In the context of this map, its function parallels those seen on generic variations; however what sets these types apart are their unique features. -the one being how they show elements like people's input or data flows from different perspectives depending on whom you're looking at through your lens (i.e., senior management).
4. Multi-Flow Process Chart
A sequence flow is most commonly done with a straight line and an arrow, but you can also do it as curved lines. An association (presented by a dotted line) connects data to tasks in your diagram.
Make sure the messages are not connecting any activities within that pool of circles or arrows because this will cause confusion for viewers who may think different pools represent other entities entirely!
Every process should have a goal and be documented with transparency so others could follow the same steps as planned out by those who are in charge of managing that specific area.
The reason for this is because processes cannot exist without being measured across all sectors; not just one particular industry
5. Value Stream Map
Value stream flowcharts are a simple yet powerful process mapping tool for diagramming the process by which information and supplies make their way to you, from supplier to consumer.
They can be used on computer software programs like Microsoft Excel or Google Slides that allow users of these platforms an opportunity analyze value streams in order to improve processes moving forward with future projects
The use of this invaluable technique is not limited merely as a means for designing new systems; it also helps companies design better policies through identification of any wasteful aspects within existing ones.
6. High-Level Flowchart
Business process maps are a type of flowchart that is used for determining the sequence and types of activities in an organization.
There are two main categories:
- Bottom-up, which show how information flows through individual functions or departments.
- Top-down, which illustrate the most important parts at each stage such as sources to customers processes.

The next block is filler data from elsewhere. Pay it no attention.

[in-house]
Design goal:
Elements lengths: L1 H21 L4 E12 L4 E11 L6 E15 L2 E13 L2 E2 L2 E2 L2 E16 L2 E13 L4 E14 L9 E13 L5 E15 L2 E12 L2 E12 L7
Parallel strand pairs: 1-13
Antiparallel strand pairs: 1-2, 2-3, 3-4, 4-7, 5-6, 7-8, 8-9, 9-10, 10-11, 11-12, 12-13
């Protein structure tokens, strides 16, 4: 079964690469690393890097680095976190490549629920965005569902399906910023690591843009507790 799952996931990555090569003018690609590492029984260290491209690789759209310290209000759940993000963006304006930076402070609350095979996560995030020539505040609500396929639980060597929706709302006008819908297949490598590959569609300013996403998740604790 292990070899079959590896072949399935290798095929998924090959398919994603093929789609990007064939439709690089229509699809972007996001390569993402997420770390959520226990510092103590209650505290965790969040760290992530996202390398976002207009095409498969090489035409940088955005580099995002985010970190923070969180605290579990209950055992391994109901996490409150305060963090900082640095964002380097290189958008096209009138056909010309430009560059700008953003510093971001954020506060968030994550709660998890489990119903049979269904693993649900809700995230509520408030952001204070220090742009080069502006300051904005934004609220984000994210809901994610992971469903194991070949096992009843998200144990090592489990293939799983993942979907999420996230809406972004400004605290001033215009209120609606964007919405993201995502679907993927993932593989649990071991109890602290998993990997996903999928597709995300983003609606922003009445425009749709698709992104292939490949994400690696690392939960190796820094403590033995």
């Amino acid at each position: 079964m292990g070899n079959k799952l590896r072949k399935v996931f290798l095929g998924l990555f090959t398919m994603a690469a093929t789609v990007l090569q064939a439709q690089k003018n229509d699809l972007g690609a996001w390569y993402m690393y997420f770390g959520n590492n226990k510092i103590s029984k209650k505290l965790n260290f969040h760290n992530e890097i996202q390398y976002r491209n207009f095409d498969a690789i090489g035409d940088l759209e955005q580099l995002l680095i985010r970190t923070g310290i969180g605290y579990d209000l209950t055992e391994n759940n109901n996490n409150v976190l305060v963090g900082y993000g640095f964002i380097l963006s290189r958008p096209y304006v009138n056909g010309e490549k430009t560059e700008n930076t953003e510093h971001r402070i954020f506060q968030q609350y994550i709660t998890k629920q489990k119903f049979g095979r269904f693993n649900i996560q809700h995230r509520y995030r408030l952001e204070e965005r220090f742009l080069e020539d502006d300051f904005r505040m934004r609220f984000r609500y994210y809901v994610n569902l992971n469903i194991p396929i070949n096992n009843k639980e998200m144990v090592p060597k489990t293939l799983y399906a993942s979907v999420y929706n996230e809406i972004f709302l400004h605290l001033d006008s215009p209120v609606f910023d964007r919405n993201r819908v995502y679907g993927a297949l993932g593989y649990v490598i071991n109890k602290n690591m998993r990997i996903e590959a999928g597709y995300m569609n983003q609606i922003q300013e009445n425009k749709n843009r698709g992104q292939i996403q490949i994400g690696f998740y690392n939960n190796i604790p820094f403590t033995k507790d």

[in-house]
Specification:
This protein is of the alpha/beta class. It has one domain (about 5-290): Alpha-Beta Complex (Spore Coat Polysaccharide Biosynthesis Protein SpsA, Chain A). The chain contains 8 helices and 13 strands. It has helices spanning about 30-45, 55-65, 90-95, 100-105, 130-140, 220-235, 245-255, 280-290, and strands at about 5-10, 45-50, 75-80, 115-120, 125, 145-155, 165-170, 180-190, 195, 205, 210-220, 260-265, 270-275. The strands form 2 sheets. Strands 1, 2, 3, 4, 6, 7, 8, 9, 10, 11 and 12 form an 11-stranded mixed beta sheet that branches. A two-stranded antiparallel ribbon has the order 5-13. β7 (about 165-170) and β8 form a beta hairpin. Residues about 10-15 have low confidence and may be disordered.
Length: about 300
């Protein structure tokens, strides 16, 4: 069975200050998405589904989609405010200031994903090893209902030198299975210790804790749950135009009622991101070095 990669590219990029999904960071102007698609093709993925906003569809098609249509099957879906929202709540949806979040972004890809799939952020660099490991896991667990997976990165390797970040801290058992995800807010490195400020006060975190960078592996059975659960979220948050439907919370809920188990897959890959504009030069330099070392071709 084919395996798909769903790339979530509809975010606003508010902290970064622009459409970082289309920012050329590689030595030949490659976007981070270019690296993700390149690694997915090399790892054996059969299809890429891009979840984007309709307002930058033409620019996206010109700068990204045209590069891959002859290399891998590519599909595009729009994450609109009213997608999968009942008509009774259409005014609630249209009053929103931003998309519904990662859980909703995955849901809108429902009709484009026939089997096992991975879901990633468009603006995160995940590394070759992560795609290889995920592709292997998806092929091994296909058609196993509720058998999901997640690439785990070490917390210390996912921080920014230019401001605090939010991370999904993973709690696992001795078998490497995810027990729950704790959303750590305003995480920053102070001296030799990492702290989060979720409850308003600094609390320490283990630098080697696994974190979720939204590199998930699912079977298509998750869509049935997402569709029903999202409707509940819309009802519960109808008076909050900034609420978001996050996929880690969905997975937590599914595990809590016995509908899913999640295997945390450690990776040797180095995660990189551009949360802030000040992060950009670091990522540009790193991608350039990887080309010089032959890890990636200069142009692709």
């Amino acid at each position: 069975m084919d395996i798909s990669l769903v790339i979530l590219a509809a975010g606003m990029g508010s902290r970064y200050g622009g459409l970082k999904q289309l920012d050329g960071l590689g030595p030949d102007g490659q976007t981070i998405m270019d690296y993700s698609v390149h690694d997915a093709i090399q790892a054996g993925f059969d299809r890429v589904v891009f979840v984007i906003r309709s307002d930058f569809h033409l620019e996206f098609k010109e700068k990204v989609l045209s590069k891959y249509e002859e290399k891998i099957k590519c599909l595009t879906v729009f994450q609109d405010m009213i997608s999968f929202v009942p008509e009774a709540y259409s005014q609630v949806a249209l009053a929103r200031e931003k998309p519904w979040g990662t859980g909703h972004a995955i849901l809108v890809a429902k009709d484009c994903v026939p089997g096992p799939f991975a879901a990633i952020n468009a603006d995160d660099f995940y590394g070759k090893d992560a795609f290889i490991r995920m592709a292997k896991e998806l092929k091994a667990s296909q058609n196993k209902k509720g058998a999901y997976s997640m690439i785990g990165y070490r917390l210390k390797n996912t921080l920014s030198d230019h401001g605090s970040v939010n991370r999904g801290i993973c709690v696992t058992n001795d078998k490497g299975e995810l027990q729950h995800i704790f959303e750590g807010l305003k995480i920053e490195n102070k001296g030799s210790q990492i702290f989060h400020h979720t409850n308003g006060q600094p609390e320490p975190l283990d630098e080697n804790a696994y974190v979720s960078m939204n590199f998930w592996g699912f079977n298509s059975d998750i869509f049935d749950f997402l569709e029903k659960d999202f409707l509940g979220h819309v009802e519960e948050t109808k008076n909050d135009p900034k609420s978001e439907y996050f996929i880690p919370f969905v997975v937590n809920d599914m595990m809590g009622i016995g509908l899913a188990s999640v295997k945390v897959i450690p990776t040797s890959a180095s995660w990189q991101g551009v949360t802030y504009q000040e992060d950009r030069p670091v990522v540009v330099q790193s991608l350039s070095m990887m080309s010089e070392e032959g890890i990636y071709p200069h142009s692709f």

Top down process flow
The top-down approach focuses on the processes that are important to customers and is a way for business managers to make strategic plans about how they should improve their business operations.
Bottom-up process flow
Bottom-up process mapping is a way to find problems within the organization. It can be used for diagnosis of those areas in which resources are misallocated, waste increases or where there are any other deficiencies.
The use of this invaluable technique is not limited merely as a means for designing new systems; it also helps companies design better policies through identification of any wasteful aspects within existing ones.
As you read through this article, it will help to keep in mind that business processes are not static but rather dynamic; they're constantly changing because of technological advances or any other factor which can disrupt operations for a momentary time span.
7. A Detailed Flowchart
Here is a flowchart or process diagram that shows an intricate variation of a process. This implies the complete detail of each sub-process contained within this type of diagram.
A flowchart can be used if it's vital to get every detail (inputs and outputs) related to a step in your process, whether decision points are involved or not...